Jane SG Fri, Jun 23rd 2017 @ 7:39am

Hi Rosie, did you know that there are many great inspirational quotes from Star Wars. So many to chose from but today I chose this one ' in a dark place we find ourselves, and a little more knowledge lights our way.' - Master Yoda.

Jane SG Fri, Jun 23rd 2017 @ 7:44am

And the Lego Movie song- 'everything is awesome, everything is cool when you're part of a team!' I'm glad to be part of team Moodscope! Thanks for the blog Rosie. I agree with being honest with children and adapting honesty acoordging to their age etc. Xx

Salt Water Mum Fri, Jun 23rd 2017 @ 8:18am

Hi Rosie,

Thank you for your blog. I hear you! I have told my daughter I go to a counsellor. Like you, I kept it real and simple. She was surprised. And I was surprised that she was surprised!! She said 'why would you need to go to a counsellor? you are so confident.' I was so taken aback. I never would think of myself as confident. I explained that sometimes how we seem on the outside doesn't match how we feel on the inside.
My son, on hearing talk of counsellors, just sort of grunted and got back to his Star wars and Lego!!!

Jane, I love the Star Wars quotes. And Yoda is so wise and funny - “When nine hundred years old you reach, look as good you will not”


David Fri, Jun 23rd 2017 @ 8:18am

Yes, Rosie to educating the young.

Sheena Fri, Jun 23rd 2017 @ 8:57am

Hi Rosie I did like your blog. It seems that you will now have one less thing to worry about. What a bonus to have opened up communications with your son. I think it is very good parenting to allow the younger generation to express themselves honestly at home. Your own honesty with him is such a lovely encouragement and example. Well done :) Sheena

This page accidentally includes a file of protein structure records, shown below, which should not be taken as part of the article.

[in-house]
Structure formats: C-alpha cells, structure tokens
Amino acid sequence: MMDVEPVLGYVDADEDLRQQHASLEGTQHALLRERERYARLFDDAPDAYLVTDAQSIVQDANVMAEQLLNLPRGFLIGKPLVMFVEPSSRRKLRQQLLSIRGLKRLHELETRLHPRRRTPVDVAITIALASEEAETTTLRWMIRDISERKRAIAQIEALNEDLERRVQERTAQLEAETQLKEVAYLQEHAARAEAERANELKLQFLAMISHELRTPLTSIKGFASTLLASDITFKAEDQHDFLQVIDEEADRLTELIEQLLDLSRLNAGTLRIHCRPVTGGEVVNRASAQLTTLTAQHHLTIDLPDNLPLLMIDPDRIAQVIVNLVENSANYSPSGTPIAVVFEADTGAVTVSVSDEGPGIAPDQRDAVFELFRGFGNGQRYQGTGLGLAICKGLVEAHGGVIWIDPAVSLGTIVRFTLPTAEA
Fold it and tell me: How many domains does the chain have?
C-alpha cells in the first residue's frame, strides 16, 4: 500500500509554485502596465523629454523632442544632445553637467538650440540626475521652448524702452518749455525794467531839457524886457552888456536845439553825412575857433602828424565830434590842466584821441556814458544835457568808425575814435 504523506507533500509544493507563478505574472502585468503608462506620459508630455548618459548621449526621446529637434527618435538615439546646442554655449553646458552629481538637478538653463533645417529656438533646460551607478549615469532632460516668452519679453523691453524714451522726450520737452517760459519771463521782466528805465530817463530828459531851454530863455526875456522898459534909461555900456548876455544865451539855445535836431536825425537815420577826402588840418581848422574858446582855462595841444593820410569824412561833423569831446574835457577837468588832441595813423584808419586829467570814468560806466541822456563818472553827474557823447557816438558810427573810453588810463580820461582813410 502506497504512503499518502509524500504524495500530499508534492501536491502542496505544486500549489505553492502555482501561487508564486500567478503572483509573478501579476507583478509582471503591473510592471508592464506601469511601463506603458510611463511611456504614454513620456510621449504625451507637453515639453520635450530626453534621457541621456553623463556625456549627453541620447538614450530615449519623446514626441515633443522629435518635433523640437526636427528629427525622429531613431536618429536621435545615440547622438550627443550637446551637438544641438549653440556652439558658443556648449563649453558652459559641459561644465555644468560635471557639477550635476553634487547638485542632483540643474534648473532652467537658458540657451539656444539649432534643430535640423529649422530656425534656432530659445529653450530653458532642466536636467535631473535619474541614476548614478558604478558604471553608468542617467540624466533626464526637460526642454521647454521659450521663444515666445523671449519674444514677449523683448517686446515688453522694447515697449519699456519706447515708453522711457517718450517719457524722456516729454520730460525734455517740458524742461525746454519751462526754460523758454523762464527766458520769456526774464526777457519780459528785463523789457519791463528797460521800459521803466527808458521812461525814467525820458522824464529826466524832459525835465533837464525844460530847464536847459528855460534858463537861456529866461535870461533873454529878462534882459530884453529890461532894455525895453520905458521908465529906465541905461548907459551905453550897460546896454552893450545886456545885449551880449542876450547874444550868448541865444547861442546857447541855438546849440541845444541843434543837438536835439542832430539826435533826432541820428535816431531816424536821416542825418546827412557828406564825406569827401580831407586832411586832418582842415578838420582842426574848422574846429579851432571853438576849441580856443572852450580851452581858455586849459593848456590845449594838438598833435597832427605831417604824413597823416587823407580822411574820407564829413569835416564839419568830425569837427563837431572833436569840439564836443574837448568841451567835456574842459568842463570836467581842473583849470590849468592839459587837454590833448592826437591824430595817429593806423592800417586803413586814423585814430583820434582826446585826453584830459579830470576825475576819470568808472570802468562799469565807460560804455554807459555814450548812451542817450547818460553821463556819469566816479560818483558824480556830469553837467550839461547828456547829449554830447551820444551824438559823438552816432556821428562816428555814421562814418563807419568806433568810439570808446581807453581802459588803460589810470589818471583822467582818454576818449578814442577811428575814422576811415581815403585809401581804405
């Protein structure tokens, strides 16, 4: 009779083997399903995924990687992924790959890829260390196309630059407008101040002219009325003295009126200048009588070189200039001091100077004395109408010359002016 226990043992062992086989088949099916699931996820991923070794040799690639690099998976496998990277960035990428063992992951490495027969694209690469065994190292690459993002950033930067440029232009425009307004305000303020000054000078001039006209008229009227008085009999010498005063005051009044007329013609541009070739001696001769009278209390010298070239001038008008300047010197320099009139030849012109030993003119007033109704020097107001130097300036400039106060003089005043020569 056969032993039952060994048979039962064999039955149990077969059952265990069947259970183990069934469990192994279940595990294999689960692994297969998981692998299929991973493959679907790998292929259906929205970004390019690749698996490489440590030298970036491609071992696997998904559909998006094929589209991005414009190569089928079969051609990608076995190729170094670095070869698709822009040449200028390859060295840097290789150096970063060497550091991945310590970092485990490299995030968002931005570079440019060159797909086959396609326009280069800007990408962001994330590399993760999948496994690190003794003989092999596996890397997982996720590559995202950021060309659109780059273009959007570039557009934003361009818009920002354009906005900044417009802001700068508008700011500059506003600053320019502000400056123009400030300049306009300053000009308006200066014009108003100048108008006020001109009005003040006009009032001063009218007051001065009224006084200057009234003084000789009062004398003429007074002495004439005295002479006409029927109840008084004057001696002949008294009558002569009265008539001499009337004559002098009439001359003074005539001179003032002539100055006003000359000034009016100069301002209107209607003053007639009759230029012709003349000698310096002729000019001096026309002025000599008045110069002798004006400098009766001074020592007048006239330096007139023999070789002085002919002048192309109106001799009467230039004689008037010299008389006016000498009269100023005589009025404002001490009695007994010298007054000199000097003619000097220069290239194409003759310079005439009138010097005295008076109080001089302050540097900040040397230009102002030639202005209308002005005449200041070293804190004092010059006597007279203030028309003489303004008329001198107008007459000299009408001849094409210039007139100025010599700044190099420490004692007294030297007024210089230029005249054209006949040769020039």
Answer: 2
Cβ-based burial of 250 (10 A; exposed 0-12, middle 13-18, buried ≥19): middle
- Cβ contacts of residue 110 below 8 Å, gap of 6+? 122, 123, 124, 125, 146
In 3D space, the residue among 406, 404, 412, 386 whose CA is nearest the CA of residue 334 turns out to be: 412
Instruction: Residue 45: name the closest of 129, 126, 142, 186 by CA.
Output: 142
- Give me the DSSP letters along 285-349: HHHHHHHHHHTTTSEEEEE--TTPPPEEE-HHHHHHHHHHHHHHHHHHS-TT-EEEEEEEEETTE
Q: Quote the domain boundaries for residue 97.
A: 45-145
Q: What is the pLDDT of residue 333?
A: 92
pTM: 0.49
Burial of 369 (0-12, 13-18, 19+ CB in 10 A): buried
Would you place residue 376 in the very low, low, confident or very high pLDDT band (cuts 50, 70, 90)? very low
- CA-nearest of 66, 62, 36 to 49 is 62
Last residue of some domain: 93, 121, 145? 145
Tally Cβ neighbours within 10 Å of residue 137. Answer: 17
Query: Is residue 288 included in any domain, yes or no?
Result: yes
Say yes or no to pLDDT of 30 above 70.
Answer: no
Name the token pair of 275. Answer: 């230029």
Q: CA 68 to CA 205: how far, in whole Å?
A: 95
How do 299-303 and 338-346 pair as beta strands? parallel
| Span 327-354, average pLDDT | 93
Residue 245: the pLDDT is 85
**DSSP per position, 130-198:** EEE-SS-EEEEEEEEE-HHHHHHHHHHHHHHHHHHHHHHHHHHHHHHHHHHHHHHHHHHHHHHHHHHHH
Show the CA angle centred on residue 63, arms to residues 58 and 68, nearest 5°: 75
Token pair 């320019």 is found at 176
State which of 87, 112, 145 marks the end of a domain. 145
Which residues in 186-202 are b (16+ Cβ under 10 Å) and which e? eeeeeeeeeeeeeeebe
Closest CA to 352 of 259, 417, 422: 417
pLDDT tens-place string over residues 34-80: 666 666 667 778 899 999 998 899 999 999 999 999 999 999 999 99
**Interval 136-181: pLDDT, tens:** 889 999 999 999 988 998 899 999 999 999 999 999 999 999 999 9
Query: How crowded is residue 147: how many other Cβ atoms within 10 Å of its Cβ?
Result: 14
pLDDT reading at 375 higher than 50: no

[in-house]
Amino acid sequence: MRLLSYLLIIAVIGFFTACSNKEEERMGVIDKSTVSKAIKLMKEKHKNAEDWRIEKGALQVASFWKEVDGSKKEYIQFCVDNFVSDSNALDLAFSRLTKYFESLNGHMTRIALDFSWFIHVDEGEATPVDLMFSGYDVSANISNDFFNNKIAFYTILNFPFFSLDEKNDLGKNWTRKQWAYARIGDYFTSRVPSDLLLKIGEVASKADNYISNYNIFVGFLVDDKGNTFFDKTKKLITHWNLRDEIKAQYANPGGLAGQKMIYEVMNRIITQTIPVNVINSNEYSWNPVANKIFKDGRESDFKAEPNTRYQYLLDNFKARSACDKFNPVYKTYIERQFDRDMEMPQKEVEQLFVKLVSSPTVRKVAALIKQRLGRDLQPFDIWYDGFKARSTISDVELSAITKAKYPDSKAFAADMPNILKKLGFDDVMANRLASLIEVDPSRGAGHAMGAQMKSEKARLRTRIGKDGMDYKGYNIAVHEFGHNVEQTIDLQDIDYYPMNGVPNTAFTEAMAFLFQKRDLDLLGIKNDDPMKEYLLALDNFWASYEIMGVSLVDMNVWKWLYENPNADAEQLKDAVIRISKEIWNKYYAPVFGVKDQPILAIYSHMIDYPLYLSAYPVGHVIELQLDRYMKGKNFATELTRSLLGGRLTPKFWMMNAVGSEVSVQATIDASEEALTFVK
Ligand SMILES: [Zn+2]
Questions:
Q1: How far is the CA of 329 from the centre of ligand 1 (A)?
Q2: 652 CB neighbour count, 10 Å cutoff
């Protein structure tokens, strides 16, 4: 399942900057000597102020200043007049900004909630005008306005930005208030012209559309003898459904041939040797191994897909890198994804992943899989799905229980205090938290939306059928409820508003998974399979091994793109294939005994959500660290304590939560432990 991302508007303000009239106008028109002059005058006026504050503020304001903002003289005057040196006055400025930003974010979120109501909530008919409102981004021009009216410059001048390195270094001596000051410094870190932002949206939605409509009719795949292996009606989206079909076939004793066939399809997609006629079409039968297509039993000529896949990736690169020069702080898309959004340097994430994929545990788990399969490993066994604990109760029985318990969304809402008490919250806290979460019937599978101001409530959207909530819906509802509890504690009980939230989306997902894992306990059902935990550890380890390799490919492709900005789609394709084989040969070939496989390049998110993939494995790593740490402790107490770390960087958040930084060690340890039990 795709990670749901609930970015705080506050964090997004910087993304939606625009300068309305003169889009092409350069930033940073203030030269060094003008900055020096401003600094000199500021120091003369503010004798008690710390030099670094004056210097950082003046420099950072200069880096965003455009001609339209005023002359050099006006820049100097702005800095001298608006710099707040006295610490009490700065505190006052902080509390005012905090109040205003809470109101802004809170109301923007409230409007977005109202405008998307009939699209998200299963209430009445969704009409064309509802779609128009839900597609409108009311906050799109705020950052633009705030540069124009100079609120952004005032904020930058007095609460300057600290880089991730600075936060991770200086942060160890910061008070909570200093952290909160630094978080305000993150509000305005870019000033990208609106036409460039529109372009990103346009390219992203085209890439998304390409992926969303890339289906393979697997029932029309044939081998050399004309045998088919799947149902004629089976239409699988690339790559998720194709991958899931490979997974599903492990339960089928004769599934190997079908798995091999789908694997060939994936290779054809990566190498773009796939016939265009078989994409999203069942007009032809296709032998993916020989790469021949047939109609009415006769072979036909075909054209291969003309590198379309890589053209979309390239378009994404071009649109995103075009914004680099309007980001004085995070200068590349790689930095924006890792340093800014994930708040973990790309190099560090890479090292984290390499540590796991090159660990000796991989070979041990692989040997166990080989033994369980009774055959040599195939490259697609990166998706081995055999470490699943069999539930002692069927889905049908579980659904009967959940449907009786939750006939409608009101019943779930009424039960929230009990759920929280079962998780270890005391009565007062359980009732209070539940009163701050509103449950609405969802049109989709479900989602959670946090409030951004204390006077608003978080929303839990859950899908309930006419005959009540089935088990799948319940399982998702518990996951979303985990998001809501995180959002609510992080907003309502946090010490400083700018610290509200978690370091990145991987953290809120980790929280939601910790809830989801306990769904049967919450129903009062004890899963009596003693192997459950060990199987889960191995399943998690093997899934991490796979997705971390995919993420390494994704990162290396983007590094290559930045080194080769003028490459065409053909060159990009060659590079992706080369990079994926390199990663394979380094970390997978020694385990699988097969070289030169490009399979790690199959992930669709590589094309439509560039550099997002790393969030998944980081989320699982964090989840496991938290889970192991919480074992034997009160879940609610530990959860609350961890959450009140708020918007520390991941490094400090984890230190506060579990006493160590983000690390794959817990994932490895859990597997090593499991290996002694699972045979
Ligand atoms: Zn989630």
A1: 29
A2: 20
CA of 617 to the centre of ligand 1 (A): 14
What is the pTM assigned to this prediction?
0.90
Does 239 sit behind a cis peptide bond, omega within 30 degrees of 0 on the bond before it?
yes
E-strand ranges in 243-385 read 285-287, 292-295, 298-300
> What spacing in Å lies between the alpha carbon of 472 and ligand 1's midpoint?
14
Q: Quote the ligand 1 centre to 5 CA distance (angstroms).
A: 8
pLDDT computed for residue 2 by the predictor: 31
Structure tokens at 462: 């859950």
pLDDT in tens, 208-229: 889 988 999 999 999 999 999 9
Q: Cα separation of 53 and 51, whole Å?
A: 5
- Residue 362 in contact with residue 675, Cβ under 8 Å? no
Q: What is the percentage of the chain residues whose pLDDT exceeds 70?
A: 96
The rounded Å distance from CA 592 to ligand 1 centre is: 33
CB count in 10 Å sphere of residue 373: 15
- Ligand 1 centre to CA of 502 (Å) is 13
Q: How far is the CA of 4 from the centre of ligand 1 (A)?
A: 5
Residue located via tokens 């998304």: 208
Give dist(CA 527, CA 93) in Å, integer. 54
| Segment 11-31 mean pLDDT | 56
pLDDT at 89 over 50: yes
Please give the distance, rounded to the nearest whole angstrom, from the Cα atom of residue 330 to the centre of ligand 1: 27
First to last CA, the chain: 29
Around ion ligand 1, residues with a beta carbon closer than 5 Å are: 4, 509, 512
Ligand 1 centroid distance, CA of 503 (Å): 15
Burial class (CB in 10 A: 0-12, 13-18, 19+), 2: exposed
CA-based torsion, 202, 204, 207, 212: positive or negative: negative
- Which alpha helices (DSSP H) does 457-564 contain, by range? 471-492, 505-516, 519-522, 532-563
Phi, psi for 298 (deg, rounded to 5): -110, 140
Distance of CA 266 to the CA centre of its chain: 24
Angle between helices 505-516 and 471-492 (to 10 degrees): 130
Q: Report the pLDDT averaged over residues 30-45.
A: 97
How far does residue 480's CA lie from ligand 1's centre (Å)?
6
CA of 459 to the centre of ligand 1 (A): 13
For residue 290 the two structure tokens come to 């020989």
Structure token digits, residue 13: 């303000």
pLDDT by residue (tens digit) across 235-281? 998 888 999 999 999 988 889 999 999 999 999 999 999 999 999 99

The Gardener Fri, Jun 23rd 2017 @ 12:59pm

Bear, great to see you back. Silly aside - Mr G was worse than ever on my birthday - looked back 4 years of diaries - he 'flips' when I have a birthday - try to keep a VERY low profile, but family and friends contact. Anyway, lateral thinking, was Eyeore, when Tigger ate his thistle. 'I was saving it for my birthday, but, after all, what are birthdays?' So glad people are able to share with younger generation - when I was depressed the perceived wisdom was to hide it from children. Kids are not fools, and instead of being scared when Mum went off to cry in the corner of a field, or was zonked with vallium, would have been healthier for us all, in hindsight, to have all learned to live with it. My 'fessing up' is different now - cannot hide my situation, but try to keep 'smiling through'. I am now dealing with an elderly gentleman who acts like a toddler yelling at the supermarket check-out. Happened in street this morning, neighbour rushed up, hugs and kisses - so I may let the 'mask' slip more, but SO scared of being a perpetual moaner.

Mary Wednesday Fri, Jun 23rd 2017 @ 1:18pm

Open communication with children and young adults about mental health is vital. In my family we don't really have much choice as Mummy gets so ill with it. So my kids are pretty well informed. I have been so proud of my eldest daughter who has supported one of her school friends through a breakdown and severe eating disorder (the girl has been hospitalised for the last four months but comes home for occasional weekends). All but two of her friends fell away; my daughter and her best friend have stayed true.

Eva Sat, Jun 24th 2017 @ 12:29am

It's good to be open but hard sometimes, my score dropped tonight and my friend will check on me tomorrow and I'll have to explain, sometimes it's tedious to have to explain and reassure...

LP Sat, Jun 24th 2017 @ 8:49am

Hi Rosie
I wrote a reply yesterday that I must have forgotten to post after trying to fix wifi connection! What a wonderful simple and accurate reply you gave to your son. Lovely, LP xx

Sal Sat, Jun 24th 2017 @ 8:54am

Thank you Rosie, what a lovely blog! I felt a little glow of warmth on reading it :)